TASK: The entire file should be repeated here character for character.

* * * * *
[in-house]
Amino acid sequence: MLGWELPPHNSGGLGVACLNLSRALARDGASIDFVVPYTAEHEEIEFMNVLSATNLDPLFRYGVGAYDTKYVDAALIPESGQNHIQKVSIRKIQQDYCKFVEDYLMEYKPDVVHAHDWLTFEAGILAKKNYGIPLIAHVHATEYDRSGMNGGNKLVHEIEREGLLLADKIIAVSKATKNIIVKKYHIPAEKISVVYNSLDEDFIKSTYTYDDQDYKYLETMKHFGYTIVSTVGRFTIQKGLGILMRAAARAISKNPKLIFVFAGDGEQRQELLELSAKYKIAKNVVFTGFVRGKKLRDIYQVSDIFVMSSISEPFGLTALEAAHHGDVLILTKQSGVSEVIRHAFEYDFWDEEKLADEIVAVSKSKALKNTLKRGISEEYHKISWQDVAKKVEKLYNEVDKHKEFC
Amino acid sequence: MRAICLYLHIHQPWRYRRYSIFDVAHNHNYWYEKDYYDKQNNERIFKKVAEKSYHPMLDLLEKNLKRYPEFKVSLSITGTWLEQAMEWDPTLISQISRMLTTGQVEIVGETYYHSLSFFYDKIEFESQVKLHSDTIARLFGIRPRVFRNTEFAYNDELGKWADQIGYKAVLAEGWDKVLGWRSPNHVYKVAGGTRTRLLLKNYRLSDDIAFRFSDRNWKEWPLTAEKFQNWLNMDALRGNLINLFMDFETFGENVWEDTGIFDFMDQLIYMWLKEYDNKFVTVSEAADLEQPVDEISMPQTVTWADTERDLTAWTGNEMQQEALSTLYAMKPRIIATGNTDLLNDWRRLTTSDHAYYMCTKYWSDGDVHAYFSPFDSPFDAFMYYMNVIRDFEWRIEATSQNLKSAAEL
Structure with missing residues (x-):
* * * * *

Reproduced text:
[in-house]
Amino acid sequence: MLGWELPPHNSGGLGVACLNLSRALARDGASIDFVVPYTAEHEEIEFMNVLSATNLDPLFRYGVGAYDTKYVDAALIPESGQNHIQKVSIRKIQQDYCKFVEDYLMEYKPDVVHAHDWLTFEAGILAKKNYGIPLIAHVHATEYDRSGMNGGNKLVHEIEREGLLLADKIIAVSKATKNIIVKKYHIPAEKISVVYNSLDEDFIKSTYTYDDQDYKYLETMKHFGYTIVSTVGRFTIQKGLGILMRAAARAISKNPKLIFVFAGDGEQRQELLELSAKYKIAKNVVFTGFVRGKKLRDIYQVSDIFVMSSISEPFGLTALEAAHHGDVLILTKQSGVSEVIRHAFEYDFWDEEKLADEIVAVSKSKALKNTLKRGISEEYHKISWQDVAKKVEKLYNEVDKHKEFC
Amino acid sequence: MRAICLYLHIHQPWRYRRYSIFDVAHNHNYWYEKDYYDKQNNERIFKKVAEKSYHPMLDLLEKNLKRYPEFKVSLSITGTWLEQAMEWDPTLISQISRMLTTGQVEIVGETYYHSLSFFYDKIEFESQVKLHSDTIARLFGIRPRVFRNTEFAYNDELGKWADQIGYKAVLAEGWDKVLGWRSPNHVYKVAGGTRTRLLLKNYRLSDDIAFRFSDRNWKEWPLTAEKFQNWLNMDALRGNLINLFMDFETFGENVWEDTGIFDFMDQLIYMWLKEYDNKFVTVSEAADLEQPVDEISMPQTVTWADTERDLTAWTGNEMQQEALSTLYAMKPRIIATGNTDLLNDWRRLTTSDHAYYMCTKYWSDGDVHAYFSPFDSPFDAFMYYMNVIRDFEWRIEATSQNLKSAAEL
Structure with missing residues (x-):